On June 1, 1945, Sukarno gave a speech outlining the Pancasila; the five guiding principles of the Indonesian nation. Much as he had used the concept of Marhaenism to create a common denominator for the masses in the 1930s, so he used the Pancasila concept to provide a basis for a unified, independent state. The five principles are belief in God, humanitarianism, national unity, democracy, and social justice.

On August 15, 1945, Japan surrendered. The Indonesian leadership, pressured by radical youth groups (the pemuda), were obliged to move quickly. With the cooperation of individual Japanese navy and army officers (others feared reprisals from the Allies or were not sympathetic to the Indonesian cause), Sukarno and Hatta formally declared the nation's independence on August 17 at the former's residence in Jakarta, raised the red and white national flag, and sang the new nation's national anthem, Indonesia Raya (Greater Indonesia). The following day a new constitution was promulgated.

The Indonesian republic's prospects were highly uncertain. The Dutch, determined to reoccupy their colony, castigated Sukarno and Hatta as collaborators with the Japanese and the Republic of Indonesia as a creation of Japanese fascism. But the Netherlands, devastated by the Nazi occupation, lacked the resources to reassert its authority. The archipelago came under the jurisdiction of Admiral Earl Louis Mountbatten, the supreme Allied commander in Southeast Asia.

Because of Indonesia's distance from the main theaters of war, Allied troops, mostly from the British Commonwealth of Nations, did not land on Java until late September. Japanese troops stationed in the islands were told to maintain law and order. Their role in the early stages of the republican revolution was ambiguous: on the one hand, sometimes they cooperated with the Allies and attempted to curb republican activities; on the other hand, some Japanese commanders, usually under duress, turned over arms to the republicans, and the armed forces established under Japanese auspices became an important part of postwar anti-Dutch resistance.

The Allies had no consistent policy concerning Indonesia's future apart from the vague hope that the republicans and Dutch could be induced to negotiate peacefully. Their immediate goal in bringing troops to the islands was to disarm and repatriate the Japanese and liberate Europeans held in internment camps. Most Indonesians, however, believed that the Allied goal was the restoration of Dutch rule. Thus, in the weeks between the August 17 declaration of independence and the first Allied landings, republican leaders hastily consolidated their political power.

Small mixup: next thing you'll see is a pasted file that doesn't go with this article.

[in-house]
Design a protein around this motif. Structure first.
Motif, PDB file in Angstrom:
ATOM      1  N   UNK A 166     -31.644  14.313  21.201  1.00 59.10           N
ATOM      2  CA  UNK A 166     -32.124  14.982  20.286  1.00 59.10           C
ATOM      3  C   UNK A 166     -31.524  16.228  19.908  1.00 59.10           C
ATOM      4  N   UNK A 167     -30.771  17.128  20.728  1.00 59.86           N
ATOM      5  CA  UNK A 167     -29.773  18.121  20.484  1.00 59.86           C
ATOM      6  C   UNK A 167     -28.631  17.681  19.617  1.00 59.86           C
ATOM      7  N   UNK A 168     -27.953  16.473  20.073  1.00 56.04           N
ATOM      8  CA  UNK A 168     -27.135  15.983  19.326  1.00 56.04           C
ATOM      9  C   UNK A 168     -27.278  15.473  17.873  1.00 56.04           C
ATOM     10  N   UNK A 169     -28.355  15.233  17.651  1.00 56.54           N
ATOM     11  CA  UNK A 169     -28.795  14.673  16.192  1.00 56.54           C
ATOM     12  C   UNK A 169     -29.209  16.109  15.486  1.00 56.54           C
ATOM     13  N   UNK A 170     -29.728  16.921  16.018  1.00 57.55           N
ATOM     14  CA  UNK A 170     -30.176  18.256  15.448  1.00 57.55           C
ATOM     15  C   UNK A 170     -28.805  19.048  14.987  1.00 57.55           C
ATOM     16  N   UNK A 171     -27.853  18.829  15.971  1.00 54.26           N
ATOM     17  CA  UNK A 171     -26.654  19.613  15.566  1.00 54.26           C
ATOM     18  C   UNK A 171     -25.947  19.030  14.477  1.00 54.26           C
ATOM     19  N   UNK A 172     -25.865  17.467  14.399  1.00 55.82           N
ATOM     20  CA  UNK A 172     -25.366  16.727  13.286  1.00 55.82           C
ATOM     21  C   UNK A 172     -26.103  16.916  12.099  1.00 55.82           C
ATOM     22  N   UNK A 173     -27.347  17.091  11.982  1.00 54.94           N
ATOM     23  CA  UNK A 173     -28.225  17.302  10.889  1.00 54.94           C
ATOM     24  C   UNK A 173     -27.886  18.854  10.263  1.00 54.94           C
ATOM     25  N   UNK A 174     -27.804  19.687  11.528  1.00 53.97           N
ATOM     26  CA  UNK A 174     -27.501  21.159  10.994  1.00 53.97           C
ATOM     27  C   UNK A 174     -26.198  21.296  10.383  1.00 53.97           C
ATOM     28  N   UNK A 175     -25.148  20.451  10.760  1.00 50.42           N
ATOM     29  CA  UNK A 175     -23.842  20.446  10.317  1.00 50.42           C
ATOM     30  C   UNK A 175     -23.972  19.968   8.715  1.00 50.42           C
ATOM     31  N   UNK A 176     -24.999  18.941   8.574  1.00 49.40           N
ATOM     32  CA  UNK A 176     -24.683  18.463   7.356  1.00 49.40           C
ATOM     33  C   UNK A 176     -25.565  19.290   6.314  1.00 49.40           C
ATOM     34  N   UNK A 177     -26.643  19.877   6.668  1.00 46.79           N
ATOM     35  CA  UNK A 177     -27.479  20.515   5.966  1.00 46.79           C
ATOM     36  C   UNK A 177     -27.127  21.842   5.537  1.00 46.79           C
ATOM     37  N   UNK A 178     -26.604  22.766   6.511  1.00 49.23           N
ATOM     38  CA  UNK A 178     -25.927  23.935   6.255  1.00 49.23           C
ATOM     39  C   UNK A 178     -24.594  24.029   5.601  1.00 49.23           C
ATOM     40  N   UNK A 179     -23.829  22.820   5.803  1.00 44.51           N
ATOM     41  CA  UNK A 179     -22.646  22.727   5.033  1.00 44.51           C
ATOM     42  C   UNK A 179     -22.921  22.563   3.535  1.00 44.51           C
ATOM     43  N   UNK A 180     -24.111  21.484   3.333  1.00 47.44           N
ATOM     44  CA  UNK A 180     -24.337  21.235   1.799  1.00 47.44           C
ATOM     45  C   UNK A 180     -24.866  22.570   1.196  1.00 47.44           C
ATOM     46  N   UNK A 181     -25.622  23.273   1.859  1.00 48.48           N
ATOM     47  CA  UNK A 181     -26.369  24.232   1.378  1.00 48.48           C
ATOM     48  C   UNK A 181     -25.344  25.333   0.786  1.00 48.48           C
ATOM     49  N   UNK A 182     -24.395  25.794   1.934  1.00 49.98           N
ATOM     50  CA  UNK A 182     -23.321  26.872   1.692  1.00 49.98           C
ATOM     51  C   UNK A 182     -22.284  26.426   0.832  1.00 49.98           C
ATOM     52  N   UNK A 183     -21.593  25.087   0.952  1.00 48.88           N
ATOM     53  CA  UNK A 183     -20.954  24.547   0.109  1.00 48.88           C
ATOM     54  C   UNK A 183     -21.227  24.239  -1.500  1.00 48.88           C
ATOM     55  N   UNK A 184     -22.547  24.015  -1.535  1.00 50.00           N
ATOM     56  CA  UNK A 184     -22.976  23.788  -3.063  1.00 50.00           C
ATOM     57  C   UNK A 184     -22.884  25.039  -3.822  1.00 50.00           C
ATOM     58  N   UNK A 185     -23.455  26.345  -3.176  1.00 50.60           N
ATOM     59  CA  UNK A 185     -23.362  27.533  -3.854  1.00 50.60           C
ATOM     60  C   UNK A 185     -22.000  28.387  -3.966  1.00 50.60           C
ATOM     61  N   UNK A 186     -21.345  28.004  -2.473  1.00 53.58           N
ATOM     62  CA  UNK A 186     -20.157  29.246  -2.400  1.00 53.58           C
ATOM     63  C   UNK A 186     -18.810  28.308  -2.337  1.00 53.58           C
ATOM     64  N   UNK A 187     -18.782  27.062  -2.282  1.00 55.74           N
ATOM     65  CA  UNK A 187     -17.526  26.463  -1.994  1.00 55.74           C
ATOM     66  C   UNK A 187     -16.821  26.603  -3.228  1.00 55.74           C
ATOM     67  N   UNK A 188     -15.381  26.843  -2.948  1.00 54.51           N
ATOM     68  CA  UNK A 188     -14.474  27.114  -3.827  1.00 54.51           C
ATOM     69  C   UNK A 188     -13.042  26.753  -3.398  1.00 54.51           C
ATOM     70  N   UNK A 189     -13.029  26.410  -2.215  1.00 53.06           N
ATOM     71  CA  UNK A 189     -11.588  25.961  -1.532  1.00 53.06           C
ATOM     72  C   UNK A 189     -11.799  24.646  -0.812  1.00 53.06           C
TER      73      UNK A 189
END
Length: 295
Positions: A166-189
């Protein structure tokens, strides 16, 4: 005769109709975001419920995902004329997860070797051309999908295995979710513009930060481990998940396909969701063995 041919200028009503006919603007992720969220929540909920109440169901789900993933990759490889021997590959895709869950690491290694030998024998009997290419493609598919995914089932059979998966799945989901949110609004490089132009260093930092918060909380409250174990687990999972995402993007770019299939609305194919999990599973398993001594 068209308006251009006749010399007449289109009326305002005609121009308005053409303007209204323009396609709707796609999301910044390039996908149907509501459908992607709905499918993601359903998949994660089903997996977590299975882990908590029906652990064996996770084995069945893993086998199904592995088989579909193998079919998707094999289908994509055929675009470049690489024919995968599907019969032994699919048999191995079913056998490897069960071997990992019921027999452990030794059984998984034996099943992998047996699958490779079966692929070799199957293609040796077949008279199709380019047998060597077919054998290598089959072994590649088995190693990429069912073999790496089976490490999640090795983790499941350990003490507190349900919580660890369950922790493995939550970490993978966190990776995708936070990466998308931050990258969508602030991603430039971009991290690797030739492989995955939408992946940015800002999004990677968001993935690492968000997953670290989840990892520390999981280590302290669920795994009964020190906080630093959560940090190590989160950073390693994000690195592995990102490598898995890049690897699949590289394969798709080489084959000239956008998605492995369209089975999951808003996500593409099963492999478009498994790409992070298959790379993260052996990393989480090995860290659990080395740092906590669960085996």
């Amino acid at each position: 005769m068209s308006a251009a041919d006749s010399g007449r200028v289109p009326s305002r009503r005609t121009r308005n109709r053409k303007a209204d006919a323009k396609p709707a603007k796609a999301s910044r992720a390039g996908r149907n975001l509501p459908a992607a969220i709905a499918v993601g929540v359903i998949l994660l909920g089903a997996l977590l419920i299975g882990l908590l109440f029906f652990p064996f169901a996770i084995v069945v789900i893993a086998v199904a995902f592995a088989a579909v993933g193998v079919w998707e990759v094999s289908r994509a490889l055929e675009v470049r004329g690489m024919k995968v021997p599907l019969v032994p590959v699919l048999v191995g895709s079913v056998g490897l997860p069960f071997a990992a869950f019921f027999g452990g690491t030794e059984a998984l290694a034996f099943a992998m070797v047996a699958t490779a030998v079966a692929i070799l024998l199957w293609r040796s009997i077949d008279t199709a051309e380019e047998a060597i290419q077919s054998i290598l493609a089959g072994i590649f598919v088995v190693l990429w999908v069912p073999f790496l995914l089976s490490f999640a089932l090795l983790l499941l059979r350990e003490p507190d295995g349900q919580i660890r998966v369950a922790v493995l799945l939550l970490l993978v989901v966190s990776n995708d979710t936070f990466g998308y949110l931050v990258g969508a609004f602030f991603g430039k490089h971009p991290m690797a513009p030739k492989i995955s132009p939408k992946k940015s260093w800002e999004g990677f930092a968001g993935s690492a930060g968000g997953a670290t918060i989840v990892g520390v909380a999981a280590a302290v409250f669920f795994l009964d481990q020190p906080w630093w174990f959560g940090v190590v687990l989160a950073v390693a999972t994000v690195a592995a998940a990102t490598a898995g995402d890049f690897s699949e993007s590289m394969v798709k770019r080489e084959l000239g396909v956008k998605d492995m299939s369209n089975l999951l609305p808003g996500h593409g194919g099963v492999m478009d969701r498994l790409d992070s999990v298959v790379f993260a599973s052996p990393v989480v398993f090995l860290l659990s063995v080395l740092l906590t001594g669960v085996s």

Because there was no time for nationwide elections, the Investigating Committee for Preparatory Work for Indonesian Independence transformed itself into the Central Indonesian National Committee (KNIP), with 135 members. KNIP appointed governors for each of the eight provinces into which it had divided the archipelago. Republican governments on Java retained the personnel and apparatus of the wartime Java Hokokai, a body established during the occupation that organized mass support for Japanese policies.

The situation in local areas was extremely complex. Among the few generalizations that can be made is that local populations generally perceived the situation as a revolutionary one and overthrew or at least seriously threatened local elites who had, for the most part, collaborated with both the Japanese and the Dutch.

Activist young people, the pemuda, played a central role in these activities. As law and order broke down, it was often difficult to distinguish revolutionary from outlaw activities. Old social cleavages--between nominal and committed Muslims, linguistic and ethnic groups, and social classes in both rural and urban areas--were accentuated. Republican leaders in local areas desperately struggled to survive Dutch onslaughts, separatist tendencies, and leftist insurgencies. Reactions to Dutch attempts to reassert their authority were largely negative, and few wanted a return to the old colonial order.

On October 28, 1945, major violence erupted in Surabaya in East Java, as occupying British troops clashed with pemuda and other armed groups. Following a major military disaster for the British in which their commander, A.W.S. Mallaby, and hundreds of troops were killed, the British launched a tough counterattack. The Battle of Surabaya (November 10-24) cost thousands of lives and was the bloodiest single engagement of the struggle for independence. It forced the Allies to come to terms with the republic.

In November 1945, through the efforts of Syahrir, the new republic was given a parliamentary form of government. Syahrir, who had refused to cooperate with the wartime Japanese regime and had campaigned hard against retaining occupation-era institutions, such as Peta, was appointed the first prime minister and headed three short-lived cabinets until he was ousted by his deputy, Amir Syarifuddin, in June 1947.




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Page last modified: 19-04-2012 13:12:34 ZULU